Futureproofing: How a Fast Food Worker Helped a Sheet Metal Company Rethink its Business

June 15, 2018


FutureProofing - Wyoming Machine
© Provided by FreeEnterprise.com

“Futureproofing” features U.S. businesses, big and small, investing in the workforce of tomorrow. Check out more at Forwardontalent.org.

It had been 60 days, and Traci Tapani had a problem.

The co-owner of the Wyoming Machine sheet metal company in Stacy, Minnesota that makes armored Humvees, steel spokes and other manufactured parts, Tapani posted an ad to fill a production job at their plant. Two months later she didn’t get a single applicant.

Hiring skilled welders and laser operators was already tough. And in the manufacturing space winning the heated competition for good workers could mean the difference between profitability and closing the door.

The problem isn’t unique to them. The American Welding Society anticipates a shortage of about 400,000 operators by 2024. In fact, over the next decade, 22% of skilled manufacturing workers will retire. And the industry is projected to fall a startling 2 million workers short of its need.

But Tapani and Wyoming didn’t take the bad news laying down. Instead, the family decided to get creative by taking a chance on nontraditional job seekers like a former store manager at McDonald’s. It worked, and it was one of the first steps to completely changing how the company evaluates talent.

FreeEnterprise.com spoke to Tapani about their advice on changing the perception of manufacturing, raising awareness of the opportunities in the industry and providing training for employees—things that have allowed them to become known nationwide for their ingenuity. Here’s what she said:

1. Reimagine What People Can Do

“Consider a waitress. They already do physical work, moving around all day, lifting and things. They need to be able to respond to demands in the workplace,” said Tapani. “All of this happens in a manufacturing environment. If you’re willing to consider others, you can see what they’re bringing to the table.”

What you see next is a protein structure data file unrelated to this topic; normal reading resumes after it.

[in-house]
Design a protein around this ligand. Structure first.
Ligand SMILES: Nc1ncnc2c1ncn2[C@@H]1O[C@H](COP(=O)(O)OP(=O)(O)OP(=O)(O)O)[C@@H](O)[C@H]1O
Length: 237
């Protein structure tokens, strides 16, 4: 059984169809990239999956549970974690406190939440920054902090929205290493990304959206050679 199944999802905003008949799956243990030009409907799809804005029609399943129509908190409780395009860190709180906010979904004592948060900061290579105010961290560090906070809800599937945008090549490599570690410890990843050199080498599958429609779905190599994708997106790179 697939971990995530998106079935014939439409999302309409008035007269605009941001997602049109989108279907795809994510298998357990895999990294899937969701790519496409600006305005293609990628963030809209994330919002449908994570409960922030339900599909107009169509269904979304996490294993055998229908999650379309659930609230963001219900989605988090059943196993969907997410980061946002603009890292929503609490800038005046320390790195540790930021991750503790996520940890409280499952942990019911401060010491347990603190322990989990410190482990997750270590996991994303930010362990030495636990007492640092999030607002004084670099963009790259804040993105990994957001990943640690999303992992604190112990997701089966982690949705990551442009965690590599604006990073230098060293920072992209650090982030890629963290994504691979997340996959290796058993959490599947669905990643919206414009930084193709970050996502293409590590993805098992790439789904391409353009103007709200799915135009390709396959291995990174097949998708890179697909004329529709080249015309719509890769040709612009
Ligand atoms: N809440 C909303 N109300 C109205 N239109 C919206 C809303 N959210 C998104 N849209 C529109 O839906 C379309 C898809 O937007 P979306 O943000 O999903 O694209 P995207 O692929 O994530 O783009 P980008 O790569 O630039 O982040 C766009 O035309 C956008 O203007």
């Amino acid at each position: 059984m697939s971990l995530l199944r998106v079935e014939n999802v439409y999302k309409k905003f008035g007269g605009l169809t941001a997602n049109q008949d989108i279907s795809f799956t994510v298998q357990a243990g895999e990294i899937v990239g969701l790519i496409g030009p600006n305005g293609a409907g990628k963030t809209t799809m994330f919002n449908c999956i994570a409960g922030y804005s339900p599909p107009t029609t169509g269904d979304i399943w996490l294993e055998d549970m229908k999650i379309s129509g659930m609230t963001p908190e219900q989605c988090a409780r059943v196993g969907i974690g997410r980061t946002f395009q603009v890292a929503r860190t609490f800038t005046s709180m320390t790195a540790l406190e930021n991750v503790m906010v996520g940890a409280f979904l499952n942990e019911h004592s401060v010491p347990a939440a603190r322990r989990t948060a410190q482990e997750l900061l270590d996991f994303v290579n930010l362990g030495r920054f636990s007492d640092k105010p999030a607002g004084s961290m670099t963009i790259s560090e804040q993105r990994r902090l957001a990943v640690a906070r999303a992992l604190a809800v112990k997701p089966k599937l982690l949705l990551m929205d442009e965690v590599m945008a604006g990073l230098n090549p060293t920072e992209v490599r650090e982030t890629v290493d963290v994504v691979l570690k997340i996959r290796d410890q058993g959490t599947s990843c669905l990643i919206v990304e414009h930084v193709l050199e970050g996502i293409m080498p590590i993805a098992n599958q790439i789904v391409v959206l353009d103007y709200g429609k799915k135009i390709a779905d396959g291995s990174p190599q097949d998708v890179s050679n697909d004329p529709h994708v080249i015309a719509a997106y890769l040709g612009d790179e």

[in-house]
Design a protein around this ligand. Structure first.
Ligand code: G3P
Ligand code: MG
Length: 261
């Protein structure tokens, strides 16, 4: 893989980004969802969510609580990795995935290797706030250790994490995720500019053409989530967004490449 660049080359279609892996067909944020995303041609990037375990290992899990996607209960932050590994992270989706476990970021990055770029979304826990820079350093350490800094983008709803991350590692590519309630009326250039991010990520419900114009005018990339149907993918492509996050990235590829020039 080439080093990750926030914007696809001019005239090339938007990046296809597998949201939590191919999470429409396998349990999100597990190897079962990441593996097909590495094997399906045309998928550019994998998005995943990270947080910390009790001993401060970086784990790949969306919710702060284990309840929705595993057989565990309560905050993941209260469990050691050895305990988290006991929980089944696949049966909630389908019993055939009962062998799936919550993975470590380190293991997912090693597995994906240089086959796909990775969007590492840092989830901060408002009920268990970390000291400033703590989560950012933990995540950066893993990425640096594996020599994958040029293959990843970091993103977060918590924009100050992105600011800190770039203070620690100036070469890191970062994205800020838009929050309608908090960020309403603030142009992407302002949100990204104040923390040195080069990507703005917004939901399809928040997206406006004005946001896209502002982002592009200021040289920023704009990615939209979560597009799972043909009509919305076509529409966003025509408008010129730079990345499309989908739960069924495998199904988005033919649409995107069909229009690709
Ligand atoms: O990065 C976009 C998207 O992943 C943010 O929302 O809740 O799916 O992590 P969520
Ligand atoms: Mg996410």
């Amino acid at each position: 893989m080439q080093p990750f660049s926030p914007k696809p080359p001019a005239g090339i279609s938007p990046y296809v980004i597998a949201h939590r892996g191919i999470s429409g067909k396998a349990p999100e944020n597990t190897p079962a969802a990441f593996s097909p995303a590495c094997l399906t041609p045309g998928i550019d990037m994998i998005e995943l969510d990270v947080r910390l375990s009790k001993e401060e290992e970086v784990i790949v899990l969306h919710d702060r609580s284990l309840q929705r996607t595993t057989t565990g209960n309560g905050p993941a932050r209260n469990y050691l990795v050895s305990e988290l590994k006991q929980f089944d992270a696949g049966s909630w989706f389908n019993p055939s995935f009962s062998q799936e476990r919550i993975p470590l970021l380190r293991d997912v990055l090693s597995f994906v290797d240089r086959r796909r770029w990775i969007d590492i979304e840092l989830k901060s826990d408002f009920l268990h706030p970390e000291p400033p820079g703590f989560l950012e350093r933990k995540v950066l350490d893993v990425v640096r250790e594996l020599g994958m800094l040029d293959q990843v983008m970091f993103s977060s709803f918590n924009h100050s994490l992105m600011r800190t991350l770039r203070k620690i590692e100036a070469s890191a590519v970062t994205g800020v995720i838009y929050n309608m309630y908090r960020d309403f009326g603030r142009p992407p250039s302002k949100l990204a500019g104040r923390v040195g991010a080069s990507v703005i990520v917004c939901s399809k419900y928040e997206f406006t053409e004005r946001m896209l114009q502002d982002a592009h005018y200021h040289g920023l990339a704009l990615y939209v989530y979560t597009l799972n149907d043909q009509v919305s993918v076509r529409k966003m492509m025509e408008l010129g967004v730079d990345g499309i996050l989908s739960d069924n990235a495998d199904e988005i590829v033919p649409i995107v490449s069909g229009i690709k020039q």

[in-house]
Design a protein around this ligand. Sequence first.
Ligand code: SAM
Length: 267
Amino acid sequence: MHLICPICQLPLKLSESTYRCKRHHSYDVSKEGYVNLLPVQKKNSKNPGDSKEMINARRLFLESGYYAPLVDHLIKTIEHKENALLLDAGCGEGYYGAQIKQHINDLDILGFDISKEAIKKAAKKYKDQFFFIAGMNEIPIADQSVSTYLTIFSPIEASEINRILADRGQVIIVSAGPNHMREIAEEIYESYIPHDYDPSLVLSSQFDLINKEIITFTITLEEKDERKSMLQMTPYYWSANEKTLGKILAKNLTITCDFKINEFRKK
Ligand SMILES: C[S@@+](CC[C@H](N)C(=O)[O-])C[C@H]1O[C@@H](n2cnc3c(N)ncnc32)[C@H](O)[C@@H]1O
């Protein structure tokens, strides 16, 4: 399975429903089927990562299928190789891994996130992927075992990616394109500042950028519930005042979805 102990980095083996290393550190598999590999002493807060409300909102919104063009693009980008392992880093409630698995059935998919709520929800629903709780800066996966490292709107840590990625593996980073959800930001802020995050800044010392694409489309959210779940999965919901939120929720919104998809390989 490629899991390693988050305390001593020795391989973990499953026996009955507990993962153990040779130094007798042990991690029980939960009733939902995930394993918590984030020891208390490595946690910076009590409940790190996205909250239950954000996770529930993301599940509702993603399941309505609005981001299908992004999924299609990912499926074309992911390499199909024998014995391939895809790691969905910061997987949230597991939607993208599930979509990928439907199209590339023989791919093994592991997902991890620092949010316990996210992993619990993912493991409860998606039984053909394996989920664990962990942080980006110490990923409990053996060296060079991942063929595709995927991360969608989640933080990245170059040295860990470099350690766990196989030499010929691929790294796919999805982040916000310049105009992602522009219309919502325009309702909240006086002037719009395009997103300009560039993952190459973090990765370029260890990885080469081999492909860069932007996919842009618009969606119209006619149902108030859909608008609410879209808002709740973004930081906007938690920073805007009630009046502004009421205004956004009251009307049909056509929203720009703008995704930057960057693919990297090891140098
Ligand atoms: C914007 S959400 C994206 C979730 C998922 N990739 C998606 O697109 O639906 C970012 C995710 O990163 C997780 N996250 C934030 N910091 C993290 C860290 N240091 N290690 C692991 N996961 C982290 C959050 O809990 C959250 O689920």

“We’ve learned to give others a chance. If they come to work and express an interest to learn, we’ll provide them with the training. If you consider people from other industries, you can take what they have and build upon it.”

2. Change How you are Perceived

“The perception of manufacturing as a dark, dangerous, and dirty profession was outdated. The best way to change it was to bring people into our facilities,” said Tapani.

“We’ve conducted a number of outreach initiatives including a day for local high school students to visit and learn about careers in manufacturing, working with a program for 6th-grade girls to introduce them to STEM careers. We are also very active in career fairs and more.”

3. Invest in Community Partnerships

“About 20 years ago we began partnering with other manufacturers in our geographical area and with Pine Technical and Community College. The College would facilitate and host meetings where we could discuss the future of the manufacturing workforce and the skills gap. We worked together to bring students to the college to talk about careers in manufacturing and opened our doors to offer tours.”

4. Invest in your Current Employees

“We also noticed that many people lacked basic math and blueprint reading skills.  We partnered with Pine Technical and Community College to develop customized training to address those needs, giving them access to college credit courses.”

“Investment in this educational partnership enables us to attract, develop, and retain a workforce that is prepared for the changing needs of modern manufacturing while enhancing the lives of people through skill development and expanded career opportunities.”

5. Be Creative, and Don’t Give up

“From a pure manufacturing skills perspective, this is the worst gap we’ve ever seen.”

“The thing that has changed for us, because of this solution, is giving others a chance.”

“The program is repeatable and has been a wonderful opportunity for companies that are in rural communities. This program has allowed us to hire people based on their qualities rather than direct manufacturing qualifications.”

“We can measure the number of people that have received education training. We can also measure the number of people in our organization that have advanced to upper-level manufacturing positions that started their career here with little to no experience at all.”

Originally published on the U.S. Chamber of Commerce publication Free Enterprise.